Reflection: 11-09

This month’s reflection is taken from Life Together by Dietrich Bonhoeffer. I must confess that when the book arrived and I saw the size of it, I believed it to be a quick read, what with less than 150 pages. How wrong I was! That little book is a very dense read. I was captivated by the words and found that on more than one occasion I would have to set the book down and reflect on one sentence, one thought, on image.

One such thought is found right at the beginning. On page 17, Bonhoeffer wrote, ‘It is not simply to be taken for granted that the Christian has the privilege of living among other Christians.’ On page 21 he wrote, ‘Christianity means community through Jesus Christ and in Jesus Christ. No Christian community is more or less than this.’ And finally, on page 24 he wrote, ‘Only in Jesus Christ are we one, only through him are we bound together.’ As can be discerned by the page numbers, these quotes all come from the first chapter. I would like to just spend a few moments looking at these statements.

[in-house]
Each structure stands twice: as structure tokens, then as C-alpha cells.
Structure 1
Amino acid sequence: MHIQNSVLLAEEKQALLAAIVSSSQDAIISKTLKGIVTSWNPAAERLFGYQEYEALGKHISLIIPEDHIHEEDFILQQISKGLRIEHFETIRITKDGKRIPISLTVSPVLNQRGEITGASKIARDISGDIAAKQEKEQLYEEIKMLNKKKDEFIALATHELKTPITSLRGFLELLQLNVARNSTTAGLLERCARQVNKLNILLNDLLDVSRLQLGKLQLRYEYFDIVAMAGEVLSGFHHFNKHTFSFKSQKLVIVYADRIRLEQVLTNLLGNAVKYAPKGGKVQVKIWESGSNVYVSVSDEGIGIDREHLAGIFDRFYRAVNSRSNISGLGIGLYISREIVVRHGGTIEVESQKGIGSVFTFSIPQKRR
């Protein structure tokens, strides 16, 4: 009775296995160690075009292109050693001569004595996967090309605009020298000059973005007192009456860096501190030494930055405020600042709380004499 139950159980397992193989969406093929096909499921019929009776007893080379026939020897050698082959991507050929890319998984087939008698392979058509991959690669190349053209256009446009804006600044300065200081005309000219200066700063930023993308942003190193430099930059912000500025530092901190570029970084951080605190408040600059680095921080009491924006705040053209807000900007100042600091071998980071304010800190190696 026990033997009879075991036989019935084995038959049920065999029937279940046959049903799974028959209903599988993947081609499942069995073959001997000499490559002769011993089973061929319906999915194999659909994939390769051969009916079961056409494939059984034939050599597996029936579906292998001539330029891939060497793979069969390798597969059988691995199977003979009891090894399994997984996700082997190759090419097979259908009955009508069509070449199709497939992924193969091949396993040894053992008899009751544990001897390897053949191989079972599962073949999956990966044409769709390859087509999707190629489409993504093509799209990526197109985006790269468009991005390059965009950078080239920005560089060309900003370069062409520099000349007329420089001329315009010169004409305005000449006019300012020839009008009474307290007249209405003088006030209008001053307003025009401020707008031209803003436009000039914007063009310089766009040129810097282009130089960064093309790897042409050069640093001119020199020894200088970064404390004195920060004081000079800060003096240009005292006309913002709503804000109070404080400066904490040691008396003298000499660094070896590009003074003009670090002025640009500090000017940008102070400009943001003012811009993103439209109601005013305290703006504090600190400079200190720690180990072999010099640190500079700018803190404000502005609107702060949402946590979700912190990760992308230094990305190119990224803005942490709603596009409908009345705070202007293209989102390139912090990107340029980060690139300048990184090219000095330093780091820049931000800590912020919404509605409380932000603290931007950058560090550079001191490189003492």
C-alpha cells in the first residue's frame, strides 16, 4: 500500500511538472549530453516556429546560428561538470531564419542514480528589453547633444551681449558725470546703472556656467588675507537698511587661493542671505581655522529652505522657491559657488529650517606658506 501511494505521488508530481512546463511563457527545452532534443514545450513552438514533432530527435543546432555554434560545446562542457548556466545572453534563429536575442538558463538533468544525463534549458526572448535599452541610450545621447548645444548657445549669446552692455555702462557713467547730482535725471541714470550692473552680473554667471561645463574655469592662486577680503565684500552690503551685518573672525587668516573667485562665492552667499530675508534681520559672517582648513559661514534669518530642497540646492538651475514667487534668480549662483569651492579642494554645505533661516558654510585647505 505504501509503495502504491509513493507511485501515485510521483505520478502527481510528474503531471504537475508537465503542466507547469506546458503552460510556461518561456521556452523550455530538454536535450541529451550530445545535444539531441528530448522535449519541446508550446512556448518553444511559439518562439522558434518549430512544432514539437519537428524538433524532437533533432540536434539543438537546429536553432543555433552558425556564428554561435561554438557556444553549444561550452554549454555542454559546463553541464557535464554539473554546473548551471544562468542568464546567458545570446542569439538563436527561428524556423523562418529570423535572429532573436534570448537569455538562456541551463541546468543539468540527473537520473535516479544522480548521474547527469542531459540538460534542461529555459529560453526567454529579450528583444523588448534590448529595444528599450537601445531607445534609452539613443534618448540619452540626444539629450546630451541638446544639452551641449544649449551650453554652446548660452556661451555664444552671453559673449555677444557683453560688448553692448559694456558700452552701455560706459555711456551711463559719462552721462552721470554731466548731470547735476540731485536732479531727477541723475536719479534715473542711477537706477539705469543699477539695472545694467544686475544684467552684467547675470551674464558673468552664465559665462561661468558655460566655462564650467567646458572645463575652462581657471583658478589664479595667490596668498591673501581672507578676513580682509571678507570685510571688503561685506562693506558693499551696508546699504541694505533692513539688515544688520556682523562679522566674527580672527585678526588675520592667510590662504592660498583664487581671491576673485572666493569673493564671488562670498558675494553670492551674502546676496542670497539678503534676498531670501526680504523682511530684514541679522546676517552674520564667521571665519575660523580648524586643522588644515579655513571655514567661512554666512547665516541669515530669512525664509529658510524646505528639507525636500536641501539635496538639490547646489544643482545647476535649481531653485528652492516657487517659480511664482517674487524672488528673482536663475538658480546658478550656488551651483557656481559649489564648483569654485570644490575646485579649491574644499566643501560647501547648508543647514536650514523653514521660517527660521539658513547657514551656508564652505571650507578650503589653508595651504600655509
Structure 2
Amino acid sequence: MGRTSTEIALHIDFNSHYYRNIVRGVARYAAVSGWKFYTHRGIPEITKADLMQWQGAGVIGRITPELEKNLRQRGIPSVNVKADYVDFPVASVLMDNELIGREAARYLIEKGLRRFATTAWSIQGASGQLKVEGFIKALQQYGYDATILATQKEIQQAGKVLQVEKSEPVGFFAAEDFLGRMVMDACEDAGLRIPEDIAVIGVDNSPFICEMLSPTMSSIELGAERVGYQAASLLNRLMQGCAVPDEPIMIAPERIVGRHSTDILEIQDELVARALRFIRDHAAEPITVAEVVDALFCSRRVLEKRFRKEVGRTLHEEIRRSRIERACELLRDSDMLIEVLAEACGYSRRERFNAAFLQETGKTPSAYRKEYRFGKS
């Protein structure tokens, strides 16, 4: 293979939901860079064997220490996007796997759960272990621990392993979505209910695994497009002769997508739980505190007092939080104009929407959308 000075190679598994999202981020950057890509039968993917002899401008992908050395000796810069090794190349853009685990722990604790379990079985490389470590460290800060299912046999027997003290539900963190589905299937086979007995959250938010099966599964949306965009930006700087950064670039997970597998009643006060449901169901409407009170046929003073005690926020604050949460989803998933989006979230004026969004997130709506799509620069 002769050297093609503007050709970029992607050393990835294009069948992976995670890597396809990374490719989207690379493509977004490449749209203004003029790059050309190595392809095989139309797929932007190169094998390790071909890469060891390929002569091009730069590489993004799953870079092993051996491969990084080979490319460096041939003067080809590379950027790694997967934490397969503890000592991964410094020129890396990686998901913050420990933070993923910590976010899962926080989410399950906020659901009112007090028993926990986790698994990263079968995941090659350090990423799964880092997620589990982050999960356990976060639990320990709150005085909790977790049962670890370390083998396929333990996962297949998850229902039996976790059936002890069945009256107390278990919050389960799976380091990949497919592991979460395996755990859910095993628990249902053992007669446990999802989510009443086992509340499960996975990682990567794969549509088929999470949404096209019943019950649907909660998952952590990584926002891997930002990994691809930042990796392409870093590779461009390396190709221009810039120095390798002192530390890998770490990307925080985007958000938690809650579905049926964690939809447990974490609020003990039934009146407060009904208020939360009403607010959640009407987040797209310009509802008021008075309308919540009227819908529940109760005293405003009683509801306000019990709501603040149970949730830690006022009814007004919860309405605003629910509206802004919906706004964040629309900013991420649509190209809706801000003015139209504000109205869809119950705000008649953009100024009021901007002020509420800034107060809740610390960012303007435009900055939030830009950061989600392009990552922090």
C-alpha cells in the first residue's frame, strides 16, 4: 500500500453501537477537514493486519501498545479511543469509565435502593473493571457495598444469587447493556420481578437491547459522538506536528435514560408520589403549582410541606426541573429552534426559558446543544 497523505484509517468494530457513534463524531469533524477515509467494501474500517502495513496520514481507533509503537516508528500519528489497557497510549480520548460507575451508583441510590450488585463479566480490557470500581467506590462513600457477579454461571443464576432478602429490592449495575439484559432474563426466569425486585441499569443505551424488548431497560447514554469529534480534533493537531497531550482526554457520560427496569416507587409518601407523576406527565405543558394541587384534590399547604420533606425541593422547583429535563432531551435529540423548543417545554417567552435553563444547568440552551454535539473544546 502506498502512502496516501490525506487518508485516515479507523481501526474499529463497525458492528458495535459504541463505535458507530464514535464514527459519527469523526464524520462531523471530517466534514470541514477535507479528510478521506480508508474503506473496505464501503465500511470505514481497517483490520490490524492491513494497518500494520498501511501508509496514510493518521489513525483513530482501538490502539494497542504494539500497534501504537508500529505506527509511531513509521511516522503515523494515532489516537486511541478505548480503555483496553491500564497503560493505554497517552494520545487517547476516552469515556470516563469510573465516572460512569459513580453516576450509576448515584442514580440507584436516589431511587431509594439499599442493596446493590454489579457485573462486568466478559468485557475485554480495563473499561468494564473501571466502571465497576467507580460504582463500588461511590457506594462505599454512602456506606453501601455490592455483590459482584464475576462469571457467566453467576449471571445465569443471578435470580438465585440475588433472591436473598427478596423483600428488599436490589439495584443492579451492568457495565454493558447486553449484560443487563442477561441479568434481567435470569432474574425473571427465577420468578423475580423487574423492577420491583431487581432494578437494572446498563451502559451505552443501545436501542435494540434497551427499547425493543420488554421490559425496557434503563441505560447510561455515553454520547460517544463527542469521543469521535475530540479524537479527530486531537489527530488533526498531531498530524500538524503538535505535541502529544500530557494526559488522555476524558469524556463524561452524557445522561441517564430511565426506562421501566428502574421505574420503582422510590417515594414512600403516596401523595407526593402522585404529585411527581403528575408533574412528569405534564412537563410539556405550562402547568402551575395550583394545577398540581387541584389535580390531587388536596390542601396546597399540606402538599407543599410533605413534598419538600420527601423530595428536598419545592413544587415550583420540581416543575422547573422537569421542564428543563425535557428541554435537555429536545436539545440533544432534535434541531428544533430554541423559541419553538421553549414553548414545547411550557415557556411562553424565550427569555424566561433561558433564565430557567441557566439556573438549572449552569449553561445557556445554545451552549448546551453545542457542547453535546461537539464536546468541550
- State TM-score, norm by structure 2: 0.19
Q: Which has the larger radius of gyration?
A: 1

The first statement hit me rather hard given the introduction to this book. As is widely known, Bonhoeffer was living through Nazi Germany and having to wrestle with the questions that this native occupation produced. I state ‘native occupation’ simply because Bonhoeffer and others were passionately against Hitler’s Nazi Germany and were very outspoken against it. So, for him to be given charge over a group of Christian ministers during this time, was paramount to his understanding of the life of Jesus. That is to say, the next few sentences after the initial quote on page 17 talks about how Christ lived among his enemies and how the Christian is called to do the same. I can see this ringing true for Bonhoeffer and those for whom he cared. But it got me thinking about our time. Do we still find it true today? Can we ‘take for granted’ that we can actually go to church and enjoy the company of other Christians while sharing the Office and the Sacraments? At first I was determined to make my case on the affirmative side. However, the more I thought about it, the more I realized that it is probably more of a grace now. I quickly thought of the passage from 1Thessalonians that stated, ‘When people are saying, “Everything is peaceful and secure,” then disaster will fall on them as suddenly as a pregnant woman’s labor pains begin. And there will be no escape.” Are we taking for granted our coming together? If we just think about it for a moment, I think we would conclude that we are doing just that very thing. Just like we do with all of life. We have done it most of our lives. The small child doesn’t even consider such things. When she is running and playing outside, the thought that this could all be taken away at a moments notice doesn’t even enter her mind. The high school student may confront death at some point but it only seems to be a passing time of sorrow for most even if it’s a fellow student or friend. Most of the time the thought is, ‘This will never happen to me. That’s someone else.’ Most don’t think about the finality of life and death. It’s not even on the radar. The same could be stated for a some adults. We seem to go through our lives and not really think about all of the people we come in contact with or just the simple gift of breath that next day. But we are not promised any of this. We are not promised tomorrow as the saying goes.